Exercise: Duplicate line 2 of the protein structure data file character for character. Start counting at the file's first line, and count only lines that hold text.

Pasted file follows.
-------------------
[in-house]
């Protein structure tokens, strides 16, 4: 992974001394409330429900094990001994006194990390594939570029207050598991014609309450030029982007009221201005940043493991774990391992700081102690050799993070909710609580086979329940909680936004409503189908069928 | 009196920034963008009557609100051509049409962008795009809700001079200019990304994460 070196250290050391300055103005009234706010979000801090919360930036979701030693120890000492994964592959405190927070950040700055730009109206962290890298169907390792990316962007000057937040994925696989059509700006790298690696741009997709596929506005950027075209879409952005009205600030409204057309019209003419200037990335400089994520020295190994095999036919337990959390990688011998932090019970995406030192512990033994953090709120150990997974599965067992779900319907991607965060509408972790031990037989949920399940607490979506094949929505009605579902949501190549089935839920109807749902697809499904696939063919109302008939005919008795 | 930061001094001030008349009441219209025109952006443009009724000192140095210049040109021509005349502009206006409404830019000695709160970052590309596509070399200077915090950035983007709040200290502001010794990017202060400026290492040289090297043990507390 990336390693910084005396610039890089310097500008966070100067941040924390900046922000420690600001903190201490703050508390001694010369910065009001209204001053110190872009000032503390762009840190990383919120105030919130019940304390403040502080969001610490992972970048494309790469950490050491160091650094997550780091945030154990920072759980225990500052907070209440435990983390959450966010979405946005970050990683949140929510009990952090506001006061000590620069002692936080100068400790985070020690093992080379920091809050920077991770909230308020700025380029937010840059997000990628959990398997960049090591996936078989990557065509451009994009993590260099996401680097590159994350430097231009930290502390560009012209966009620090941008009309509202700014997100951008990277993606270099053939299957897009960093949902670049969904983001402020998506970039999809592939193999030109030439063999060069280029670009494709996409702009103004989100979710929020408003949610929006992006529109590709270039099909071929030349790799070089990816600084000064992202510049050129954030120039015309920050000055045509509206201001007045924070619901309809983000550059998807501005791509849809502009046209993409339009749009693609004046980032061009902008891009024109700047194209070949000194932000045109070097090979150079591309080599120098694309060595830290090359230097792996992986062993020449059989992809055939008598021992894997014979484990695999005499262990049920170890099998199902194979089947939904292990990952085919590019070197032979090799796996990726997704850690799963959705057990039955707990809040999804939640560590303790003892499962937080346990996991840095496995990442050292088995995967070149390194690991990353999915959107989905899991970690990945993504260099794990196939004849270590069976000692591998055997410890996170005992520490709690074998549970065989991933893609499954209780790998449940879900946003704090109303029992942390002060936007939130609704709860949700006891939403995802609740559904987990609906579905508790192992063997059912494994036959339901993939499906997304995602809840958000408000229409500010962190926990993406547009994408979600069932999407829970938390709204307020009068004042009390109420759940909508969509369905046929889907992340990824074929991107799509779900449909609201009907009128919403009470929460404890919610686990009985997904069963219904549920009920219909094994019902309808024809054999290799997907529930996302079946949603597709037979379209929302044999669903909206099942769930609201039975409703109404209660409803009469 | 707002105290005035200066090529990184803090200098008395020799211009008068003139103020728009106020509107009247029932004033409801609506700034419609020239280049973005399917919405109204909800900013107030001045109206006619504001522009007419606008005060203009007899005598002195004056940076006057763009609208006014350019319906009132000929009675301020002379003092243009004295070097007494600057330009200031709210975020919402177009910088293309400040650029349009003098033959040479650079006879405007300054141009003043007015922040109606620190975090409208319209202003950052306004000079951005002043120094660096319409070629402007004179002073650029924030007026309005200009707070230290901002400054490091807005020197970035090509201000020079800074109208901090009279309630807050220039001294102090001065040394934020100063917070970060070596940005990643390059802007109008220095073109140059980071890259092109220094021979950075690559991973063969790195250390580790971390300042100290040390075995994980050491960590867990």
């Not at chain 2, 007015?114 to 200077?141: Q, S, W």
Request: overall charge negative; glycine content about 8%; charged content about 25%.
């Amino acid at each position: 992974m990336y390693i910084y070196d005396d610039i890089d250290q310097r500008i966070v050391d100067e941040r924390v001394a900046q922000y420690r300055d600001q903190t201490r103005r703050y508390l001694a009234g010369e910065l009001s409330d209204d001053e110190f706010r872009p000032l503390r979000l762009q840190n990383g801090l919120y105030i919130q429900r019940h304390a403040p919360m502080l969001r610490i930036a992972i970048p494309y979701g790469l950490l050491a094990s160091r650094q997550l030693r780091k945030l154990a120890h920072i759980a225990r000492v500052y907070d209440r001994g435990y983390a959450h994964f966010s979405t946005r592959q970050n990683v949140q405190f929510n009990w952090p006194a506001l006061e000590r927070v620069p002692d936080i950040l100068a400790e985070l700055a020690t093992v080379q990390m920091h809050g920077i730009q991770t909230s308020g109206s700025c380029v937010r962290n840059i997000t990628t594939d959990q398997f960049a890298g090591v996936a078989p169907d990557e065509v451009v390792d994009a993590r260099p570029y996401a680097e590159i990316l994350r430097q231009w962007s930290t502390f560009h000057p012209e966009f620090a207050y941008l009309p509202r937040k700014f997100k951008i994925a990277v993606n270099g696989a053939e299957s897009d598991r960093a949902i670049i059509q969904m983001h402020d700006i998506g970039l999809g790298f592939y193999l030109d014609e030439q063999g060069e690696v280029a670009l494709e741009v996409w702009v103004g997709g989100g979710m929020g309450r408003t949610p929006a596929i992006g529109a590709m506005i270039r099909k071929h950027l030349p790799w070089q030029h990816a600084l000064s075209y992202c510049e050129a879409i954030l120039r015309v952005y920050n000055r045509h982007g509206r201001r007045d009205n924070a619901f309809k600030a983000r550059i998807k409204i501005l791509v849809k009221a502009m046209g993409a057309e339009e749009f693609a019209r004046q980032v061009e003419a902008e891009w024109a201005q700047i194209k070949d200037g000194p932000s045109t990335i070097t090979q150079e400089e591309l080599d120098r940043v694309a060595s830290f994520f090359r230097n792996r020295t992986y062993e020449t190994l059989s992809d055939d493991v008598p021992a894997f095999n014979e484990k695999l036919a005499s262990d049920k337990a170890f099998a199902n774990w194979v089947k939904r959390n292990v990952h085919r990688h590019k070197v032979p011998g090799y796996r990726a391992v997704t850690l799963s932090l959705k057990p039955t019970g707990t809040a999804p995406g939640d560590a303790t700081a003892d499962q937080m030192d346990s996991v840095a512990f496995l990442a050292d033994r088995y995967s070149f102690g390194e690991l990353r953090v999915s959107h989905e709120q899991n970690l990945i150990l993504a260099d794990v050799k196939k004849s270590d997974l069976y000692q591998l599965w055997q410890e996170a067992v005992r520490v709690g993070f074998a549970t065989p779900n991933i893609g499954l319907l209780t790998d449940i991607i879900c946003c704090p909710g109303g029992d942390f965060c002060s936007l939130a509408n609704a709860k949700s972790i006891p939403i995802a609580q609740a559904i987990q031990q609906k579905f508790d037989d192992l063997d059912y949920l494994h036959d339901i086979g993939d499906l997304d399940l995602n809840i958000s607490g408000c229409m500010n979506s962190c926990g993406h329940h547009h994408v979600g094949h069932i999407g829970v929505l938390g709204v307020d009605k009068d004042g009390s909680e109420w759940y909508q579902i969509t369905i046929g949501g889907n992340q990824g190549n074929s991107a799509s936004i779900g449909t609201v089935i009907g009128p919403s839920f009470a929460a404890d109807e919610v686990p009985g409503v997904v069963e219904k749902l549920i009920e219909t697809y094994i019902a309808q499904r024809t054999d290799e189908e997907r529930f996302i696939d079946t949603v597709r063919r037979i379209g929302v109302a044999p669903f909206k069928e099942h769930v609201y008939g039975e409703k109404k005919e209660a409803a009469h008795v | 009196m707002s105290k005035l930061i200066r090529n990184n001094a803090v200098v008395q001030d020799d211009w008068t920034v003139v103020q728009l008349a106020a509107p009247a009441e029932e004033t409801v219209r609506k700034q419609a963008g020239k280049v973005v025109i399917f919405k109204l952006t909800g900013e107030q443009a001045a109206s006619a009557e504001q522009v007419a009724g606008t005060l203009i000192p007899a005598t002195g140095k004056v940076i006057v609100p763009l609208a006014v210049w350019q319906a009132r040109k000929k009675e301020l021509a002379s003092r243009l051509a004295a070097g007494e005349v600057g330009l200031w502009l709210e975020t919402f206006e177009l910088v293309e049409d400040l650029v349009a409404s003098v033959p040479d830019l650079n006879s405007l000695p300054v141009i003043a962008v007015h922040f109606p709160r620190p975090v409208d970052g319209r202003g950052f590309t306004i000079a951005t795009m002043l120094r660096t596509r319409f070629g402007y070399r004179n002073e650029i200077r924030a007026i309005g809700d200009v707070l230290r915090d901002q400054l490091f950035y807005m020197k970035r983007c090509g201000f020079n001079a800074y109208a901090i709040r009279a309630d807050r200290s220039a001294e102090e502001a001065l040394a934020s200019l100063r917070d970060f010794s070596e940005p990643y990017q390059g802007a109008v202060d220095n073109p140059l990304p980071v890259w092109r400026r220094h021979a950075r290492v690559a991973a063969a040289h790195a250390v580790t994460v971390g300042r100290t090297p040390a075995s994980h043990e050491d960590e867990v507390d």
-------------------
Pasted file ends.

């Protein structure tokens, strides 16, 4: 992974001394409330429900094990001994006194990390594939570029207050598991014609309450030029982007009221201005940043493991774990391992700081102690050799993070909710609580086979329940909680936004409503189908069928 | 009196920034963008009557609100051509049409962008795009809700001079200019990304994460 070196250290050391300055103005009234706010979000801090919360930036979701030693120890000492994964592959405190927070950040700055730009109206962290890298169907390792990316962007000057937040994925696989059509700006790298690696741009997709596929506005950027075209879409952005009205600030409204057309019209003419200037990335400089994520020295190994095999036919337990959390990688011998932090019970995406030192512990033994953090709120150990997974599965067992779900319907991607965060509408972790031990037989949920399940607490979506094949929505009605579902949501190549089935839920109807749902697809499904696939063919109302008939005919008795 | 930061001094001030008349009441219209025109952006443009009724000192140095210049040109021509005349502009206006409404830019000695709160970052590309596509070399200077915090950035983007709040200290502001010794990017202060400026290492040289090297043990507390 990336390693910084005396610039890089310097500008966070100067941040924390900046922000420690600001903190201490703050508390001694010369910065009001209204001053110190872009000032503390762009840190990383919120105030919130019940304390403040502080969001610490992972970048494309790469950490050491160091650094997550780091945030154990920072759980225990500052907070209440435990983390959450966010979405946005970050990683949140929510009990952090506001006061000590620069002692936080100068400790985070020690093992080379920091809050920077991770909230308020700025380029937010840059997000990628959990398997960049090591996936078989990557065509451009994009993590260099996401680097590159994350430097231009930290502390560009012209966009620090941008009309509202700014997100951008990277993606270099053939299957897009960093949902670049969904983001402020998506970039999809592939193999030109030439063999060069280029670009494709996409702009103004989100979710929020408003949610929006992006529109590709270039099909071929030349790799070089990816600084000064992202510049050129954030120039015309920050000055045509509206201001007045924070619901309809983000550059998807501005791509849809502009046209993409339009749009693609004046980032061009902008891009024109700047194209070949000194932000045109070097090979150079591309080599120098694309060595830290090359230097792996992986062993020449059989992809055939008598021992894997014979484990695999005499262990049920170890099998199902194979089947939904292990990952085919590019070197032979090799796996990726997704850690799963959705057990039955707990809040999804939640560590303790003892499962937080346990996991840095496995990442050292088995995967070149390194690991990353999915959107989905899991970690990945993504260099794990196939004849270590069976000692591998055997410890996170005992520490709690074998549970065989991933893609499954209780790998449940879900946003704090109303029992942390002060936007939130609704709860949700006891939403995802609740559904987990609906579905508790192992063997059912494994036959339901993939499906997304995602809840958000408000229409500010962190926990993406547009994408979600069932999407829970938390709204307020009068004042009390109420759940909508969509369905046929889907992340990824074929991107799509779900449909609201009907009128919403009470929460404890919610686990009985997904069963219904549920009920219909094994019902309808024809054999290799997907529930996302079946949603597709037979379209929302044999669903909206099942769930609201039975409703109404209660409803009469 | 707002105290005035200066090529990184803090200098008395020799211009008068003139103020728009106020509107009247029932004033409801609506700034419609020239280049973005399917919405109204909800900013107030001045109206006619504001522009007419606008005060203009007899005598002195004056940076006057763009609208006014350019319906009132000929009675301020002379003092243009004295070097007494600057330009200031709210975020919402177009910088293309400040650029349009003098033959040479650079006879405007300054141009003043007015922040109606620190975090409208319209202003950052306004000079951005002043120094660096319409070629402007004179002073650029924030007026309005200009707070230290901002400054490091807005020197970035090509201000020079800074109208901090009279309630807050220039001294102090001065040394934020100063917070970060070596940005990643390059802007109008220095073109140059980071890259092109220094021979950075690559991973063969790195250390580790971390300042100290040390075995994980050491960590867990």